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Protestantism and Political Conflict in the Ninteenth-Century Hispanic Caribbean ebook

by Luis Martínez-Fernández


Xiii, 246 pages : 24 cm. Includes bibliographical references (pages 219-237) and index.

Xiii, 246 pages : 24 cm. The Era of Catholic Exclusivism, 1815-1868: Religion and Political Struggle - The Roman Catholic Grip - Crypto-Protestants and Pseudo-Catholic - The Revolutionary Cycle, 1868-1898: War and Religion - Puerto Rico's First Protestant Congregations, 1869-1898 - Cuba's First Protestant Congregations, 1871-1883 - Revolution, Exile, and Cuban Protestantism, 1868-1898 -. - Epilogue.

Luis MARTÎNEZ-FERNANDEZ

Luis MARTÎNEZ-FERNANDEZ. Protestantism and Political Conflict in the Nineteenth-Century Hispanic Caribbean. New Brunswick, New Jersey: Rutgers University Press, 2002. Pp. xiii + 247, introduction, bibliography, index. As Spain and the United States were struggling for political hegemony in the, nineteenth-century Caribbean, a parallel struggle was occurring between Catholicism and Protestantism on the last two Spanish colonies in the area, Cuba and Puerto Rico

Luis Martinez-Fernandez is an associate professor with a joint appointment in the department of Puerto Rican and Hispanic Caribbean studies and the department of history at Rutgers University.

Luis Martinez-Fernandez is an associate professor with a joint appointment in the department of Puerto Rican and Hispanic Caribbean studies and the department of history at Rutgers University. Библиографические данные. Protestantism and Political Conflict in the Nineteenth-century Hispanic Caribbean Protestantism and Political Conflict in the Nineteenth-century Hispanic Caribbean, Luis Martínez-Fernández. Luis Martínez-Fernández. Издание: иллюстрированное.

Protestantism and Political Conflict in the Nineteenth-Century Hispanic Caribbean traces the emergence of Protestantism in Cuba and Puerto Rico during a crucial period of national consolidation involving both social and political struggle. Using a comparative framework, Martínez-Fernández looks at the ways in which Protestantism, though officially illegal for most of the century, established itself, competed with Catholicism, and took differing paths in Cuba and Puerto Rico

Protestantism and Political Conflict is a work of incisive analysis, eloquently written, and therefore also eminently readable

Protestantism and Political Conflict is a work of incisive analysis, eloquently written, and therefore also eminently readable. Both the body of historical evidence gathered by Mart nez-Fern ndez and the way in which he marshals it is impressive. This is a substantial study, and is bound to become a standard source of reference in the field. Citation: Jason M. Yaremko. 0%. 4 star4 star (0%).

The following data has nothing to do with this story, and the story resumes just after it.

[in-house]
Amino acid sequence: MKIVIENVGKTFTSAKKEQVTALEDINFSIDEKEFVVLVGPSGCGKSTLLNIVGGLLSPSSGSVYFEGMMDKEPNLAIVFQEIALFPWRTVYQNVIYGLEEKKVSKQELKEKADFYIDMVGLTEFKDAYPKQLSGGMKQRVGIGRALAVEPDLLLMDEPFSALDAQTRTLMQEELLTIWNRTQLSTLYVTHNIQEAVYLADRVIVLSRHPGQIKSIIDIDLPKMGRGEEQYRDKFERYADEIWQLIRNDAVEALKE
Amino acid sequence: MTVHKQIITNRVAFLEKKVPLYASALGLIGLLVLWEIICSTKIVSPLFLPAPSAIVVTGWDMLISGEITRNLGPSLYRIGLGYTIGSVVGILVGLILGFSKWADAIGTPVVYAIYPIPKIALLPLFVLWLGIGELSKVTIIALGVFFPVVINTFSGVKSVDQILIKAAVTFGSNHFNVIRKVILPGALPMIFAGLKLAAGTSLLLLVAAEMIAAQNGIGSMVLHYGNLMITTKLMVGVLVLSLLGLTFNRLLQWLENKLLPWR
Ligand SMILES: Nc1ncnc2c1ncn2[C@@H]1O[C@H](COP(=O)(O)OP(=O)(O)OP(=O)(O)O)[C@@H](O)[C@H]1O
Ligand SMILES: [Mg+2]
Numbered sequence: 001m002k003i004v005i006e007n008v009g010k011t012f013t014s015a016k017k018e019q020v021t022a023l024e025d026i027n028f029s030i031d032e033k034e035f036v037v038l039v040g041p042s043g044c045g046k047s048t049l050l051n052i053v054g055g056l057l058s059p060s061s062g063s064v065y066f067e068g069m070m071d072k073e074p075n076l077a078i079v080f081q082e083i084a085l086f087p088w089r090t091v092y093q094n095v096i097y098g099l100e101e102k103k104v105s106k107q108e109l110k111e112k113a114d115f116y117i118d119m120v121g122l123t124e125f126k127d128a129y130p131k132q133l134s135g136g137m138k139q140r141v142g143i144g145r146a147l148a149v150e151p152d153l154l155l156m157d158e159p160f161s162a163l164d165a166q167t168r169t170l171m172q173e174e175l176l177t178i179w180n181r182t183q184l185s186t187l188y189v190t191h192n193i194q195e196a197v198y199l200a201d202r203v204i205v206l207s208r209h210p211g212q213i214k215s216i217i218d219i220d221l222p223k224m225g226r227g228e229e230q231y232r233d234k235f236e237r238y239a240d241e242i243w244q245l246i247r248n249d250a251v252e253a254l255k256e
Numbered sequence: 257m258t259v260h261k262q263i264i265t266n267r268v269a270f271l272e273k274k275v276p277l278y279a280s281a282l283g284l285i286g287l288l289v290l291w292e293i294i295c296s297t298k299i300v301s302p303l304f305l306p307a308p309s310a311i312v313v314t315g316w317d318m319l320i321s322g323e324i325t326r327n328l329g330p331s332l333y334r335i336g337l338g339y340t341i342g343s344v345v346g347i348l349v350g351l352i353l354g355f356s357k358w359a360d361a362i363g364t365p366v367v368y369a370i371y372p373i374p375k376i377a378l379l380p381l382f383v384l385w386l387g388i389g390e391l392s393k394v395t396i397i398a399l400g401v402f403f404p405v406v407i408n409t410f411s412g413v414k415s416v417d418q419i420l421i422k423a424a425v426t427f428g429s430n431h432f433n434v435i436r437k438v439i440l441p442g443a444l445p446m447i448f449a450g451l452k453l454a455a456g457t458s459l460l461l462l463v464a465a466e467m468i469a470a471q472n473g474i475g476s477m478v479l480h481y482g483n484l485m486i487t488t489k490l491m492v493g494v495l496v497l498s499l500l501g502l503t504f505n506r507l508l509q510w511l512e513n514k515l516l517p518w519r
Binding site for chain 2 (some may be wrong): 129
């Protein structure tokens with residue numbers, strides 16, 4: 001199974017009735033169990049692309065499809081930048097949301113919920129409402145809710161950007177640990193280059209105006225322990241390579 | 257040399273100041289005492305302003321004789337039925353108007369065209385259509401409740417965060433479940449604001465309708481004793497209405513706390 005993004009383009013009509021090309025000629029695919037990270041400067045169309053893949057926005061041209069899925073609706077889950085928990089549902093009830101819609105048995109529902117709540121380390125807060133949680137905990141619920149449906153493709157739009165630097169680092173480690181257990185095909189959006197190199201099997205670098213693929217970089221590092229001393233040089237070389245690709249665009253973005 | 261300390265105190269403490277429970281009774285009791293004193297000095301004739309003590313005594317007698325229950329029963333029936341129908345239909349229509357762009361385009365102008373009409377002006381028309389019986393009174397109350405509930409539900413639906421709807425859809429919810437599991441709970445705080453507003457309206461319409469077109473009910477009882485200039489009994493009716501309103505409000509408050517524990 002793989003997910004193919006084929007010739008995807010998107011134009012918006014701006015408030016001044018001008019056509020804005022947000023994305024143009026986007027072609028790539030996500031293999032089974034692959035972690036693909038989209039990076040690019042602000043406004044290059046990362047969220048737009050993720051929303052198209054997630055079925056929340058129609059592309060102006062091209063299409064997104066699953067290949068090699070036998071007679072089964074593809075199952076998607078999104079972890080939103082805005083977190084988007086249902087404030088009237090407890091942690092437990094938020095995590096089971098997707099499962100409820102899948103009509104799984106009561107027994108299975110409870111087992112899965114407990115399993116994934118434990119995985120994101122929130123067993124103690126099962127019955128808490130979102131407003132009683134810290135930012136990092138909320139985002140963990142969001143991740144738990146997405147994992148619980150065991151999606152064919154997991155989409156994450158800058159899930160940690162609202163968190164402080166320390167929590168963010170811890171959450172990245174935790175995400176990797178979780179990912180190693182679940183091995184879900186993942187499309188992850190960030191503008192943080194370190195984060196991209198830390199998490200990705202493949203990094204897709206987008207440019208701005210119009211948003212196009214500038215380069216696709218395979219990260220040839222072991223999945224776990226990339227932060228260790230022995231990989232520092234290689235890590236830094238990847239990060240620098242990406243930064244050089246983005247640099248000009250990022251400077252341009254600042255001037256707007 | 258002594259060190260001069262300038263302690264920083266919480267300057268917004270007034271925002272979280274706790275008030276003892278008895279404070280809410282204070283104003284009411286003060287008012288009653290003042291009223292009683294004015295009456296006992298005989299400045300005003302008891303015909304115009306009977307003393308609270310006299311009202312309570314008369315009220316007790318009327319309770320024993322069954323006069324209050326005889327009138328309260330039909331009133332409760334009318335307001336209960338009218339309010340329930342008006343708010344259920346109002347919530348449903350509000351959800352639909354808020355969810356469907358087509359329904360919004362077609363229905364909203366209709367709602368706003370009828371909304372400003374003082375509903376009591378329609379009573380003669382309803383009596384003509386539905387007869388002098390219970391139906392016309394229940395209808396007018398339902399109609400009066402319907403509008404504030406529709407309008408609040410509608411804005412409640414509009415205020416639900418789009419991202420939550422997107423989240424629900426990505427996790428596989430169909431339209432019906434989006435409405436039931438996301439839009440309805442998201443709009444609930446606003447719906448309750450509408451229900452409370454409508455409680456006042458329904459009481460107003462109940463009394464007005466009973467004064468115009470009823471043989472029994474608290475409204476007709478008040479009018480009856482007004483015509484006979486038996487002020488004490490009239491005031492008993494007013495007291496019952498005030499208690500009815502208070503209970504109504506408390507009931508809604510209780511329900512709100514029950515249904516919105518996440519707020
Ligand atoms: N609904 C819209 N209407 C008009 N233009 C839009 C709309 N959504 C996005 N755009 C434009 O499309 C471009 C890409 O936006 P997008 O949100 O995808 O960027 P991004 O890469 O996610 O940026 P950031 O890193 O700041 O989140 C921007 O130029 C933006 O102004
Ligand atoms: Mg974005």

By Luis Martínez-Fernández. New Brunswick: Rutgers University Press, 2002.

LUIS MARTÍNEZ-FERNÁNDEZ. For most of the history of the Christian West, the Church held that sex was exclusively the province of marriage and was exclusively for the purpose of reproduction.

a b c Martinez-Fernandez, Luis. Architectural Heritage of the Caribbean: An A-Z of Historic Buildings. 2002) Protestantism and Political Conflict in the Nineteenth-Century Hispanic Caribbean. pages 40+. Rutgers University Press. Martinez-Fernandez, Luiz. April 1, 2000) Journal of Ecclesiastical History Crypto-Protestants and Pseudo-Catholics in the Nineteenth-Century Hispanic Caribbean. Cova, Antonio Rafael De la; Antonio Rafael Cova (2003).

Catholicism has long been recognized as one of the major forces shaping the Hispanic Caribbean (Cuba, Puerto Rico, and the Dominican Republic) during the nineteenth century, but the role of Protestantism has not been fully explored. Protestantism and Political Conflict in the Nineteenth-Century Hispanic Caribbean traces the emergence of Protestantism in Cuba and Puerto Rico during a crucial period of national consolidation involving both social and political struggle. Using a comparative framework, Martínez-Fernández looks at the ways in which Protestantism, though officially “illegal” for most of the century, established itself, competed with Catholicism, and took differing paths in Cuba and Puerto Rico.One of the book’s main goals is to trace the links between religion and politics, particularly with regard to early Protestant activities. Protestants encountered a complex social, economic, and political landscape both in Cuba and in Puerto Rico and soon found that their very presence, coupled with their demands for freedom of worship and burial rights, involved them in a series of interrelated struggles in which the Catholic Church was embroiled along with the other main forces of the period—the peasantry, the agrarian bourgeoisie, the mercantile bourgeoisie, and the colonial state. While the established Catholic Church increasingly identified with the conservative, pro-slavery, and colonialist causes, newly arrived Protestants tended to be nationalistic and to pursue particular economic activities—such as cigar exportation in Cuba and the sugar industry in Puerto Rico. The author argues that the early Protestant communities reflected the socio-cultural milieus from which they emerged and were profoundly shaped by the economic activities of their congregants. This influence, in turn, shaped not only the congregations’ composition, but also their political and social orientations.

Protestantism and Political Conflict in the Ninteenth-Century Hispanic Caribbean ebook
Author:
Luis Martínez-Fernández
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World
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1126 kb
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Rutgers University Press; None ed. edition (January 20, 2002)
Pages:
264 pages
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4.1
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